In two days time, the price of milk will double in the USA. It says much about the dysfunctional state of American politics than nobody seems inclined to do anything about it.
As Congress stumbles towards a massive package of tax rises and spending cuts known as “the fiscal cliff,” the rising cost of dairy products would seem to be the least of its worries, but the failure to agree a deal on a comparatively simple farm bill is emblematic of the legislative paralysis gripping Washington D.C..
Agricultural subsidy rates must be reset every five years. If not, a payment scale calculated in President Harry Truman’s time goes into effect, requiring the government to buy milk at wildly inflated prices. A new farm bill passed in the Senate with bi-partisan support, but died in the House of Representatives, unable to muster enough votes from the Republican majority. Welcome to Capitol Hill.
Truman famously described the lawmakers he worked with from 1947-48 as the “do nothing Congress,” but compared with the latest batch, their record looks energetic. They passed 906 bills into law. In the last two years, with Republicans in charge of the House and Democrats controlling the Senate, only 219 new bills have reached Barack Obama’s desk.
“We have been studying Washington politics and Congress for more than forty years, and never have we seen them this dysfunctional,” wrote Thomas Mann of the liberal Brookings Institution and Norm Ornstein of the conservative American Enterprise Institute. “In our past writings, we have criticised both parties when we believed it was warranted. Today, however, we have no choice but to acknowledge that the core of the problem lies with the Republican Party.”
Ever since President Obama’s re-election, his top priority has been to reach a deal on debt reduction to forestall the automatic tax rises and spending cuts, but six weeks of infuriating negotiations have produced nothing like a workable compromise. The cliff is a poor metaphor – there will be no dramatic plunge on January 1 – but in the words of Senate Majority Leader Harry Reid: “it looks like that’s where we’re headed.”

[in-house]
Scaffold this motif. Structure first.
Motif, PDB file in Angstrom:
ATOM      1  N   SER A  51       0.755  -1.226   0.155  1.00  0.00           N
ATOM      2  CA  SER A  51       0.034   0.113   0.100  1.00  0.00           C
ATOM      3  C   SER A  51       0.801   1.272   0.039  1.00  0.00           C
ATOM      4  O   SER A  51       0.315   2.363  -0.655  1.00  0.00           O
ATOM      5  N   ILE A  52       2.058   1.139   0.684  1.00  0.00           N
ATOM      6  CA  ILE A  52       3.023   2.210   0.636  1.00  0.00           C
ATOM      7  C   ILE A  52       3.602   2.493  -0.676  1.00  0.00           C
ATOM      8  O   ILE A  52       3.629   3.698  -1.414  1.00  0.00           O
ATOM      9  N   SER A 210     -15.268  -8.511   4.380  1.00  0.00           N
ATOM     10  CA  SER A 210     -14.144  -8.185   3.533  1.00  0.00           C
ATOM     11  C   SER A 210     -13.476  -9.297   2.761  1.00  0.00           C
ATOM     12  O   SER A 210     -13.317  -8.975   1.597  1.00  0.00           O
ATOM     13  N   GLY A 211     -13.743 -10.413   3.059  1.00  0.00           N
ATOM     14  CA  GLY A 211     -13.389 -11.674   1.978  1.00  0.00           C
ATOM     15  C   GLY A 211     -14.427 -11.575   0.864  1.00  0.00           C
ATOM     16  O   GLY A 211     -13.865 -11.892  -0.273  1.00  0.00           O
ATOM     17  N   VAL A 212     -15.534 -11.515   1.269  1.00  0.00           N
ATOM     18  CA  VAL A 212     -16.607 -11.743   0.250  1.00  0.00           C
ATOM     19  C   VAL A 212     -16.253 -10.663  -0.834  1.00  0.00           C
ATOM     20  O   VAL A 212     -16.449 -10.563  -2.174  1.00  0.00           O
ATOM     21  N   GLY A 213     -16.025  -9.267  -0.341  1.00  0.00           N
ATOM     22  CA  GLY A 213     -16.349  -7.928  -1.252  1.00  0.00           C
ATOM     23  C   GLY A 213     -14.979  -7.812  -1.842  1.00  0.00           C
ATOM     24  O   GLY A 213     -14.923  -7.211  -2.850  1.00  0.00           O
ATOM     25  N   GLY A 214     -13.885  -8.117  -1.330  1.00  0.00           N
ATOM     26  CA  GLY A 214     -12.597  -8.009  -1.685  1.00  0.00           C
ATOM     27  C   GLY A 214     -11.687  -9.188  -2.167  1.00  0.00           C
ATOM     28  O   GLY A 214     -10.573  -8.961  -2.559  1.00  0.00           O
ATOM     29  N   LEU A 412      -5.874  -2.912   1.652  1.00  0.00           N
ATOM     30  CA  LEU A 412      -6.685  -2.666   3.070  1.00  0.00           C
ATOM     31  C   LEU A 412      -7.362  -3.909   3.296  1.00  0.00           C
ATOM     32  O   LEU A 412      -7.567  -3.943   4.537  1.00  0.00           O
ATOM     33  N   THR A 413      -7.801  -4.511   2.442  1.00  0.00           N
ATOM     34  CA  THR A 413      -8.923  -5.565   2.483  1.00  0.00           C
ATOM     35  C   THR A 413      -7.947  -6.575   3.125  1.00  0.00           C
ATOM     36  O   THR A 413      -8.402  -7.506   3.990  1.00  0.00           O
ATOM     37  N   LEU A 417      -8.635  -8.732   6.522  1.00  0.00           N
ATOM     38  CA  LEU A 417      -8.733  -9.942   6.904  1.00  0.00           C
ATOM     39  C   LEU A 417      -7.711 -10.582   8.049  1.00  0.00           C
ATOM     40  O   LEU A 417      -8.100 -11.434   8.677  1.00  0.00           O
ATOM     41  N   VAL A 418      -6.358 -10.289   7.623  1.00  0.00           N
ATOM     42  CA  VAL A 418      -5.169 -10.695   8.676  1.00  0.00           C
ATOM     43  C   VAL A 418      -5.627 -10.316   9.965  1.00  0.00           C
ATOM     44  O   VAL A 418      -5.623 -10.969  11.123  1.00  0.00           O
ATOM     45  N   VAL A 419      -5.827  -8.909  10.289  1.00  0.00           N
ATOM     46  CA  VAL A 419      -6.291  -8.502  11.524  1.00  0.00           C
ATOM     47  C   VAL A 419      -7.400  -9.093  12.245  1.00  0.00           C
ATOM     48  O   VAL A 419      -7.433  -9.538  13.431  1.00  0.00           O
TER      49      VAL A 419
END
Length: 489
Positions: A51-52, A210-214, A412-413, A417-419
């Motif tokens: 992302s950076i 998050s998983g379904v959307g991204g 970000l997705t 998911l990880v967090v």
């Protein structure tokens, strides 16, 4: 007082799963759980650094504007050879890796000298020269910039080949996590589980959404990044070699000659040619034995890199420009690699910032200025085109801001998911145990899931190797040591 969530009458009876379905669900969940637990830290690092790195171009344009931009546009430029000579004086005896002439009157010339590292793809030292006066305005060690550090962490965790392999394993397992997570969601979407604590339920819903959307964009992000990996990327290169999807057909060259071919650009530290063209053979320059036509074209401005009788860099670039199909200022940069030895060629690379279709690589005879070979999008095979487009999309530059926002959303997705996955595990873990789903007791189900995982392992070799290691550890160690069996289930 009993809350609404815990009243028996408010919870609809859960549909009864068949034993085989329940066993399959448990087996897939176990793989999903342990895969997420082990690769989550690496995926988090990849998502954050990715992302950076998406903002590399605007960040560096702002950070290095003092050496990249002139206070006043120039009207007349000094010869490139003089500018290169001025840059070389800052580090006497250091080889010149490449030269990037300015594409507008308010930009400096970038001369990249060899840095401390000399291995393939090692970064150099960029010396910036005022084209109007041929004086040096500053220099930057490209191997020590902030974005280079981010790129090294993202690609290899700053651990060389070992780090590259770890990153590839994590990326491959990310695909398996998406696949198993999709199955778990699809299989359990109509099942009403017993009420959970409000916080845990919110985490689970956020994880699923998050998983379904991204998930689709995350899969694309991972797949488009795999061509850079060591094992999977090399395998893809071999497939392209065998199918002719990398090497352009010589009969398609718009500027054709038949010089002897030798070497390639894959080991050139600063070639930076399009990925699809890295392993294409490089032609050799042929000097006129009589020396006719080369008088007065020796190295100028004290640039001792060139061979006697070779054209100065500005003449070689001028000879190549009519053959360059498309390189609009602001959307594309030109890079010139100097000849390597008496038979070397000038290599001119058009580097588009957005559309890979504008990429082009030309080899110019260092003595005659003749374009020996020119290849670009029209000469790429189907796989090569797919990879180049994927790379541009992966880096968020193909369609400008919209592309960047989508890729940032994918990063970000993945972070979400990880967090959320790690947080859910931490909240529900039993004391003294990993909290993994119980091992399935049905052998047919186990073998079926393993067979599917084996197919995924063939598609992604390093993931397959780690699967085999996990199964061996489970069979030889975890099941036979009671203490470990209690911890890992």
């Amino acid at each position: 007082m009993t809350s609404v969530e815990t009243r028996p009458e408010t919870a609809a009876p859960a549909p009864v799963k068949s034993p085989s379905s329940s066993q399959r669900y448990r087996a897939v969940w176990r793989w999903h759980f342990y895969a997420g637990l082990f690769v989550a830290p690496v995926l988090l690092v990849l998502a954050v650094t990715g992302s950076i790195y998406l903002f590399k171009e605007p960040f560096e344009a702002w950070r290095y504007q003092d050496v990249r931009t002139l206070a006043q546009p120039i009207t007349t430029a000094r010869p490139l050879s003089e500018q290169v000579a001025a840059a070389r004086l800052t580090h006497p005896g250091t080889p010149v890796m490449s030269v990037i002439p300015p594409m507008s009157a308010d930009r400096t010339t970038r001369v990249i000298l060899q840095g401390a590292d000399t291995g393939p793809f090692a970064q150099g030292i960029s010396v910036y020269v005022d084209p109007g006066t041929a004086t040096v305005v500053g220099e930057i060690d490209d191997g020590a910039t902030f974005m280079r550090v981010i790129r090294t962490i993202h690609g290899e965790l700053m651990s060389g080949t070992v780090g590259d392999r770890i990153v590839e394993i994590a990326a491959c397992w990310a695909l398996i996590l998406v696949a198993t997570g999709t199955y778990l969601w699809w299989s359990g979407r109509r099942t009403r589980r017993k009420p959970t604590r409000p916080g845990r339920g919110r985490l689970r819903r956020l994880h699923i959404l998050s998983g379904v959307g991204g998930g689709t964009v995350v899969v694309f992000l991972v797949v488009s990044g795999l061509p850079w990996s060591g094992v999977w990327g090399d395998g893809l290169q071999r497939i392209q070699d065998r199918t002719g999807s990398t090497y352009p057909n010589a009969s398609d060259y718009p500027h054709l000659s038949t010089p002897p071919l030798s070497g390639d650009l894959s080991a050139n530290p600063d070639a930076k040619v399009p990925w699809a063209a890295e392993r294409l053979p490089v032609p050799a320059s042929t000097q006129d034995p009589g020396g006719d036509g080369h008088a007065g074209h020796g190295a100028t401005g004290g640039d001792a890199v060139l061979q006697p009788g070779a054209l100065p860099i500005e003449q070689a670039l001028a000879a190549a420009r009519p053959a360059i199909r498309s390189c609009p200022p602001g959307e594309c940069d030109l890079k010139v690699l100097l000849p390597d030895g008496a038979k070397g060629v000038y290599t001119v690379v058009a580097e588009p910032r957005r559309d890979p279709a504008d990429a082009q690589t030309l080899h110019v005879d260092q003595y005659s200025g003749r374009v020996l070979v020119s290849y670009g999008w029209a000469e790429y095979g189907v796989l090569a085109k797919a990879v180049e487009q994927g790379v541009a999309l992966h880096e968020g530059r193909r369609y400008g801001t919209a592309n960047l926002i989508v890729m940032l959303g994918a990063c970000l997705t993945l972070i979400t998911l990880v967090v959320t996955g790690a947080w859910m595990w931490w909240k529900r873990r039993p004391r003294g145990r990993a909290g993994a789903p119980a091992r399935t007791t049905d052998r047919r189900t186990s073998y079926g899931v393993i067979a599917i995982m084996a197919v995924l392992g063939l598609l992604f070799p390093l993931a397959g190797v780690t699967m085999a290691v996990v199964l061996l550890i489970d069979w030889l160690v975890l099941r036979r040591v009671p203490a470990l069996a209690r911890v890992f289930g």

Some of the effects will be felt straight away. For two million Americans, it means an abrupt end to federal unemployment benefits worth an average of $290 a week. Another million will lose their dole money by March.
The child tax credit for a single mother working full time at the minimum wage will be cut from $1,725 to $165. A payroll tax cut worth around $1,000 to a typical middle-class household will expire. The top marginal tax rate on income above $250,000 per year will revert to 39.6%, the level under President Bill Clinton, although it is important to note that any changes to the tax code passed by the new Congress could be backdated to the start of the year.
In total, the expiration of the Bush tax cuts is worth more than $5 trillion over a decade. The spending cuts amount to $1.2 trillion over ten years. It is inconceivable that nothing will be done to address this long term but there is no incentive for either side to reach an agreement now.
On Friday, Obama called a bi-partisan summit, bringing leading Republicans and Democrats together, but it was all for show. When the President rushed back from his Hawaiian holiday and Reid railed against House Republicans “watching television” while the Senate tried to reach a deal, it was inevitable that House Speaker John Boehner would recall his colleagues to Washington too, for appearances sake.
The two parties spent the final days blaming each other for inaction. Reid accused Boehner of running the House like “a dictatorship,” because of his refusal to pass a Senate bill cutting taxes on the first $250,000 of income with Democratic support. Boehner responded that Reid “should talk less and legislate more,” and pointed out that House Republicans have passed a bill keeping taxes at current rates and shifting the defence cuts onto domestic spending. In short, each has drafted legislation that the other party cannot stomach.
Obama called Friday’s meeting “constructive,” but also used the White House bully pulpit to express his frustration. “The American people are not going to have any patience for a politically self-inflicted wound to our economy,” he said.
The Wall Street Journal’s behind-the-scenes look at negotiations concluded that “the talks poisoned an already distrustful relationship” between Obama and Boehner. At one point, Boehner told the president “I put $800 billion [in increased tax revenue] on the table. What do I get for that?” “You get nothing,” replied Obama. “I get that for free.”
This, more than the slim mandate he won in November’s election, is what strengthens Obama’s hand. Higher taxes on the richest 1% of Americans are supported by a large majority of all voters. Once the Bush tax cuts expire, a bill to cut taxes on income below $250,000 – thus generating more than $700 billion in revenue – would be hard for Republicans to turn down. Obama can do nothing and come out on top.